Focaccia is an Italian flatbread. It looks a bit like an American pizza with a thick bottom, and the preparation is almost the same.
We topped the focaccia with extra cheese and onion because we like that. You can go even crazier with some tomato or pieces of bacon.
The dough for focaccia is very straightforward to make. It is a matter of throwing all the ingredients in a bowl and stirring. This no-knead dough was made up by Jim Lahey. With this dough, anyone can bake bread or focaccia. Just assume that if we can do it, then you must undoubtedly succeed.
The amount of dough is for focaccia and a skillet of approximately 30 cm (12 inches). If you have a smaller skillet, make a little less dough. If you have a larger skillet, make more dough.
You can’t call this a nice ball of dough. But if all goes well, we will see excellent soft dough that will rise to be at least twice as large in 15 to 20 hours.
We cover this container with some cling foil and leave it on the counter. Within 8 hours, this dough will be doubled in size. You can let it stand for a total of 20 hours.
The next day we will continue to process the dough. You are supposed to form the dough into a round ball. This is the hardest part of the entire recipe.
The easiest way is to provide your hands with a generous amount of flour. You then hold the dough in one palm and with the other hand pull the ball from top to bottom to 1 point while turning the ball in your palm.
It is a technique that you just need to get the hang of but with a little practice that will succeed.
Once you have formed the ball, you can coat the skillet with a little olive oil and put the ball of dough in the skillet. You can now carefully push the sphere with the fingertips in the shape of the skillet.
That will not succeed, and that is no problem. The dough will become softer after the second time rising, and it will almost fill the skillet on its own.
Close the skillet again with cling foil and put it back on the counter. 2 hours is enough.
Meanwhile, we can cook the onions. You are not supposed to caramelize them so that they turn very brown. They only need to become soft.
During cooking, add some garlic, rosemary, pepper, salt, and balsamic vinegar.
After 2 hours, the dough has become softer, and you will see that the dough covers the skillet from edge to edge. Carefully cover the dough with mozzarella, onion, and Parmesan.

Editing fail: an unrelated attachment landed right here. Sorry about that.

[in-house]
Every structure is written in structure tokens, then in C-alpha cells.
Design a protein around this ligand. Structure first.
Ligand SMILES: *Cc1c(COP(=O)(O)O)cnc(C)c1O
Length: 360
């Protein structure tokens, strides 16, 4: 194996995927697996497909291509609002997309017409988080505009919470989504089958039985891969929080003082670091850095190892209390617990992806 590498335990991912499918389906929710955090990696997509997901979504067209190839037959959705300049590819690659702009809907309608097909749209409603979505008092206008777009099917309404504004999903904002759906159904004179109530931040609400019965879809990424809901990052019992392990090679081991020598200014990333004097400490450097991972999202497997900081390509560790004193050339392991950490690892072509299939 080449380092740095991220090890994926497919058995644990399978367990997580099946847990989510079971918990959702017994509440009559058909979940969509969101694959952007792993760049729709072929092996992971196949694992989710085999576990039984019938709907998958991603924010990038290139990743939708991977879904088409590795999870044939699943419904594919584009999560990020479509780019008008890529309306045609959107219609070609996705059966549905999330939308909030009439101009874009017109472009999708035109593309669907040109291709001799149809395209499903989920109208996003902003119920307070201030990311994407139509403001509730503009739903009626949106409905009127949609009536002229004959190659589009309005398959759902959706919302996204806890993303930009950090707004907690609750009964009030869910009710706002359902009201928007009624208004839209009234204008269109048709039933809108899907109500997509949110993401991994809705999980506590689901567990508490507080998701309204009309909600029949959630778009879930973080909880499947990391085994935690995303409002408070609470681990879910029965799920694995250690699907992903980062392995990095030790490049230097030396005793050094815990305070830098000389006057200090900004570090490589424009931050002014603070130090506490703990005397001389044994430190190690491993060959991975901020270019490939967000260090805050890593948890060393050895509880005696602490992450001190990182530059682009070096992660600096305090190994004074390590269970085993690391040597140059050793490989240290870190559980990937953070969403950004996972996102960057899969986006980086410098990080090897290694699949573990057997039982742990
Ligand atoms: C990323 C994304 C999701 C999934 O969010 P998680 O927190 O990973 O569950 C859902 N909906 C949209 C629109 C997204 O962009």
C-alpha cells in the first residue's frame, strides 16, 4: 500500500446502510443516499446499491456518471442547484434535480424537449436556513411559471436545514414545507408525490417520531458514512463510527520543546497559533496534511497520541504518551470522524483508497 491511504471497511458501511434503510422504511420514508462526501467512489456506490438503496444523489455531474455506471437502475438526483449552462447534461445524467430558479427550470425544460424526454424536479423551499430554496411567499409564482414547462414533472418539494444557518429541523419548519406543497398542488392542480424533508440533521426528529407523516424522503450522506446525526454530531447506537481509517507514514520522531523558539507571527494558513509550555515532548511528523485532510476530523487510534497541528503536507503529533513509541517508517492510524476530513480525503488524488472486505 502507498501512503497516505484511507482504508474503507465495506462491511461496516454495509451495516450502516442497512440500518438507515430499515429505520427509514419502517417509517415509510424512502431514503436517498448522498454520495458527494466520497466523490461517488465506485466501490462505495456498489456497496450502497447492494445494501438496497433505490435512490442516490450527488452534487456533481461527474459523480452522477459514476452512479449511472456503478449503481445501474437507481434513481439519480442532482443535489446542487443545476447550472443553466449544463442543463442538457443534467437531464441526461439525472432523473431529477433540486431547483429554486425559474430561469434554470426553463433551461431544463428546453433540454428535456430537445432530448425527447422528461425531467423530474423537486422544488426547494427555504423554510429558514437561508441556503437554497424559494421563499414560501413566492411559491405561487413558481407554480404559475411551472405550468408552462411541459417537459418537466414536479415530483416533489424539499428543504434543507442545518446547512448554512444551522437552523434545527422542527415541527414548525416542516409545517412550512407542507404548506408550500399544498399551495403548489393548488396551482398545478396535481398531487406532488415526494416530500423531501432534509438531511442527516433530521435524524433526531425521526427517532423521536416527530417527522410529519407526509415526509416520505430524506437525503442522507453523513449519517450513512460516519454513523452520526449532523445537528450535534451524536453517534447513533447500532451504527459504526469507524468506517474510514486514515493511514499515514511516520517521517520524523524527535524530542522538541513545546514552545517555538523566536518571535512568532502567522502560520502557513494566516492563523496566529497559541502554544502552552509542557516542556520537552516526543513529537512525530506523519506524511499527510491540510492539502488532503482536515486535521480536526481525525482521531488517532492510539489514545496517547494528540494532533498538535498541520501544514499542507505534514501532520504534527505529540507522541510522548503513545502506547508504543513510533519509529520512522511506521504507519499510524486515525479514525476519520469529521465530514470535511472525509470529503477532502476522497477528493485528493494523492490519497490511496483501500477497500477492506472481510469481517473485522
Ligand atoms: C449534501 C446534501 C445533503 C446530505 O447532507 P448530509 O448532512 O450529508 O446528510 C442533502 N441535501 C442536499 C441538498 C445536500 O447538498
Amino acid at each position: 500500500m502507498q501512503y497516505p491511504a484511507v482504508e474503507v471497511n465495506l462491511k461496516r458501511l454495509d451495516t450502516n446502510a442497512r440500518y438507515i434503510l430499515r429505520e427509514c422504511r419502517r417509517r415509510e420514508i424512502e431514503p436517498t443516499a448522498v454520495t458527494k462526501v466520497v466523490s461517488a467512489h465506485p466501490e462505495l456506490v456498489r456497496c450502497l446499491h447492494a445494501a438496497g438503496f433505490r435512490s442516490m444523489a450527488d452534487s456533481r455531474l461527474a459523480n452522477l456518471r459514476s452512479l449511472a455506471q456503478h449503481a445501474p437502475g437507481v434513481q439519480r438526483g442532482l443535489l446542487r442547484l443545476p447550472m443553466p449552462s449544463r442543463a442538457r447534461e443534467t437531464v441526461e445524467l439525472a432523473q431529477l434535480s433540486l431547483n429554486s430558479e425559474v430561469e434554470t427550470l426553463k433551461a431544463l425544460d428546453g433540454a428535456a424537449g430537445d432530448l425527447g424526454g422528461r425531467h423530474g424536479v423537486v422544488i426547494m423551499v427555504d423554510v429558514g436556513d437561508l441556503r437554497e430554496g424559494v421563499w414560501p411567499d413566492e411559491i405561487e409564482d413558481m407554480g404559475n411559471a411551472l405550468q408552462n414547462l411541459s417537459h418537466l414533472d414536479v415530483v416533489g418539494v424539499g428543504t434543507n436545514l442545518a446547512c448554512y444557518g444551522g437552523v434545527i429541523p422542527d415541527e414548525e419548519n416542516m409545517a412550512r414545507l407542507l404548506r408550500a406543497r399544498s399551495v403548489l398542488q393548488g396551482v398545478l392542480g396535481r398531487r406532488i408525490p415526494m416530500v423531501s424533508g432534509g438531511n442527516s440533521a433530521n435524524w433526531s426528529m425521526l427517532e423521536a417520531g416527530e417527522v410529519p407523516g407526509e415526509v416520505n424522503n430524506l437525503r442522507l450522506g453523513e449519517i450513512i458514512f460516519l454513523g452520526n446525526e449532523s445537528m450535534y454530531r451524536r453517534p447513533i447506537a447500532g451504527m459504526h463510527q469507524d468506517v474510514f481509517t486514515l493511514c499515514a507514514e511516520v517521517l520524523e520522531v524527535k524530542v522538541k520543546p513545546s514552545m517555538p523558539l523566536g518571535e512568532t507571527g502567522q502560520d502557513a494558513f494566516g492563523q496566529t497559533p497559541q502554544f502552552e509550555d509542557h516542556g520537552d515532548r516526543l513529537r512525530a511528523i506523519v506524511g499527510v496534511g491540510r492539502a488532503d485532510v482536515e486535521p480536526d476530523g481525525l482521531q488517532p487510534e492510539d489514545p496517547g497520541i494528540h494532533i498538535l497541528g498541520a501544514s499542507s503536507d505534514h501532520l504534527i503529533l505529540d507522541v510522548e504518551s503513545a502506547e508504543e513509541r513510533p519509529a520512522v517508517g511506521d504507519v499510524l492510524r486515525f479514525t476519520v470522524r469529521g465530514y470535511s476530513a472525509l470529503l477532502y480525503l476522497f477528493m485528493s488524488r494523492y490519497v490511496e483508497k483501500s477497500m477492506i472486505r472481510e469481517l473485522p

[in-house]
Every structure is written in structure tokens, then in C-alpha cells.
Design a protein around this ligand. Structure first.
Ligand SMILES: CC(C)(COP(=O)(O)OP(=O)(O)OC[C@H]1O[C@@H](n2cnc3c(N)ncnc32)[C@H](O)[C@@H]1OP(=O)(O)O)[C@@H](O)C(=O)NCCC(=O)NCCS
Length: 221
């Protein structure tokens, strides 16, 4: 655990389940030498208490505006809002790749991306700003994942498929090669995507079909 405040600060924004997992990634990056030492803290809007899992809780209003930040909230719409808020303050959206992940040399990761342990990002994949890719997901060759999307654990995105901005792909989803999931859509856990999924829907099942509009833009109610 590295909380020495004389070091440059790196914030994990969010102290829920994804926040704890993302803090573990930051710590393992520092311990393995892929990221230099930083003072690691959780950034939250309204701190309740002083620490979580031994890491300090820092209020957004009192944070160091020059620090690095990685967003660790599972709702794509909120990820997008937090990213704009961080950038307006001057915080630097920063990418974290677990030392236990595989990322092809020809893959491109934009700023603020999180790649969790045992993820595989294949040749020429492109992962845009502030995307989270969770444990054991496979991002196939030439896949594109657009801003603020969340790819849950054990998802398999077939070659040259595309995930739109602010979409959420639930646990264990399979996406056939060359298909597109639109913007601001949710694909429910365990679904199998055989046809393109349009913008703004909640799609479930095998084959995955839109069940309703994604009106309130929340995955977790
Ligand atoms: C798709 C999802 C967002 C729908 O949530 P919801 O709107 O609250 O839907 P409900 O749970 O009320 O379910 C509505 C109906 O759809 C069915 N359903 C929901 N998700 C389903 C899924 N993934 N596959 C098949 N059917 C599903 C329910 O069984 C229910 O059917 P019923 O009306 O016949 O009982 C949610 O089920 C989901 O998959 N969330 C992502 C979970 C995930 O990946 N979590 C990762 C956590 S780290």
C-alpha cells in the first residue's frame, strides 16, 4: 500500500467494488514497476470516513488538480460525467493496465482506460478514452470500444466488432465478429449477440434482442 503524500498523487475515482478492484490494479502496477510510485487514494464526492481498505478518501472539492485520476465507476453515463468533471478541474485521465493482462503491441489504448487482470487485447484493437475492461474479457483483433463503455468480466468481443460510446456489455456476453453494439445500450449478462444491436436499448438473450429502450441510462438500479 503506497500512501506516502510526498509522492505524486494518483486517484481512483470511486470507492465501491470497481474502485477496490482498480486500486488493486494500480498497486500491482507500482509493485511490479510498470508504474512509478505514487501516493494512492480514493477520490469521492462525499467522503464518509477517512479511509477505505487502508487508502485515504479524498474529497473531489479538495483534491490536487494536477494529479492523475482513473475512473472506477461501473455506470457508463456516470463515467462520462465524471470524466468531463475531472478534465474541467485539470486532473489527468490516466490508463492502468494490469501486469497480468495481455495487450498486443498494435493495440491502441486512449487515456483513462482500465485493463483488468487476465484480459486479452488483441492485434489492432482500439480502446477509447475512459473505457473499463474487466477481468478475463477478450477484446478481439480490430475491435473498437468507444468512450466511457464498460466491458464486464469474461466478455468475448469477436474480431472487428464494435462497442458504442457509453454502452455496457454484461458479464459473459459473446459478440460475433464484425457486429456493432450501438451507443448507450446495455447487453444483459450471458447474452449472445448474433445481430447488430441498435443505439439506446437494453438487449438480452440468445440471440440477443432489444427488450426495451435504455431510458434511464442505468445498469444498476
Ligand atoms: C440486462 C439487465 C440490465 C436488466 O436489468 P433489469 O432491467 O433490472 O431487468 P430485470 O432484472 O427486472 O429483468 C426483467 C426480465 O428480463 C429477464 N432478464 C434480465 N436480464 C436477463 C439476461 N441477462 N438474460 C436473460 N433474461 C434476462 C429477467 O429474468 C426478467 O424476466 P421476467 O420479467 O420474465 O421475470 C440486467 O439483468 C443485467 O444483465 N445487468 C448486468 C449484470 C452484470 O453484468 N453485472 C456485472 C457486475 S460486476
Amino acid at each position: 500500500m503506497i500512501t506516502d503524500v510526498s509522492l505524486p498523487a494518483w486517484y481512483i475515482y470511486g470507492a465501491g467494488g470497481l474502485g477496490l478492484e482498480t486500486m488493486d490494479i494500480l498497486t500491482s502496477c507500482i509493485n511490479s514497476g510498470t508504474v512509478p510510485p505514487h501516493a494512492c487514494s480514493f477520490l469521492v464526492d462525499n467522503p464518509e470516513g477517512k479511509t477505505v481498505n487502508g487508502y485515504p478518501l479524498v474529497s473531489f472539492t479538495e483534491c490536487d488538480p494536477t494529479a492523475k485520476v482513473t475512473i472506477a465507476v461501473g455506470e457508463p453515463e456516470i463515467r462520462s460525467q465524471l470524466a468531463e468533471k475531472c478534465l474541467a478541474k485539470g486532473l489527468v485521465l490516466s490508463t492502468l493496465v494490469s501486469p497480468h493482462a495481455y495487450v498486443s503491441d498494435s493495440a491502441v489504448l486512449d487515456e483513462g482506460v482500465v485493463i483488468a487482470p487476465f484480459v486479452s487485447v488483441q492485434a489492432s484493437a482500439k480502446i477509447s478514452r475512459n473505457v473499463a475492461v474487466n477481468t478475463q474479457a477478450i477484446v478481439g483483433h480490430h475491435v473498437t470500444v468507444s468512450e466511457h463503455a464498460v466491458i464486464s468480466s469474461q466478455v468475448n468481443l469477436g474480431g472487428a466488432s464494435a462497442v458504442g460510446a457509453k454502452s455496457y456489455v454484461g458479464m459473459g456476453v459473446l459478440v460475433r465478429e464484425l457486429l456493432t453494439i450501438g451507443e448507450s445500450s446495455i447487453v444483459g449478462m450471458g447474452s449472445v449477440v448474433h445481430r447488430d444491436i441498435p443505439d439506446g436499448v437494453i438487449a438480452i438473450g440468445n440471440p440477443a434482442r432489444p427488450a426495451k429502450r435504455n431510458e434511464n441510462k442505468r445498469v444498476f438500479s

By the way, we have pulled the mozzarella into pieces beforehand and let it dry in a few sheets of kitchen paper. If the mozzarella is too wet, the dough will also get too wet during baking, and the top will not turn brown nicely.
The skillet is intended to be placed in the barbecue as high as possible so that the radiant heat coming from the lid ensures that the top is nicely browned. You must also bear in mind that you do not directly heat the skillet, as otherwise, the bottom of the bread will burn.
We place a plate setter on the grid so that it rises higher, and we put a pizza stone on top with some space in between. We use some metal reinforcement corners. You can also do it with a wad of tin foil.
We bake the focaccia at a high temperature of around 300°C (570F). So you use soft charcoal, and you open all the air sliders, and the top vent goes off completely.
Because you prefer to keep the barbecue closed as much as possible, we occasionally look through the opening of the top vent to see how far the focaccia is.
The focaccia should look like this after 20 to 30 minutes. The bottom has been nicely baked in the cast iron skillet and is a beautiful golden brown.
Allow the focaccia to cool slightly, and then you can cut the bread.
- 500 grams flour (18oz)
- 325 grams water (12oz)
- 15 grams salt (0.5oz)
- 7 grams dry yeast (0.25oz)
- 2 tbsp olive oil
- 50 grams butter (1.7oz)
- 2 large white onions
- 1 clove garlic
- 2 sprigs rosemary
- dash balsamic vinegar
- 125 grams mozzarella (4.5oz)
- 50 grams fresh Parmesan (1.7oz)
- pepper and salt (to taste)
- Put all the ingredients for the dough in a large bowl and stir everything together until you no longer see any dry flour.
- Seal the bowl with some cling foil and let the dough rest for 15 to 20 hours.
- Remove the dough from the bowl and shape it into a round ball with floured hands.
- Grease the skillet with a little olive oil and gently shape the bulb into a disk in the skillet.
- Close the skillet with some cling foil and let the dough rise again for 2 hours.
- Prepare a barbecue with an indirect heat of around 300°C (570F).
- Cut the onions into half a centimeter slices and finely chop the garlic. Fry everything in butter until the onion is soft. Sprinkle the onions with some salt and pepper and sliced rosemary. The balsamic vinegar may be stirred in at the end.
- When the dough has risen for the second time, the skillet is completely filled. If this is not the case, carefully press the dough into the corners.
- Carefully cover the dough with the mozzarella, onion, and grate some fresh parmesan over it.
- Place the skillet in the barbecue and close the lid. The bottom and top are beautifully golden brown in 25 to 30 minutes. If this is not yet the case, close the lid again.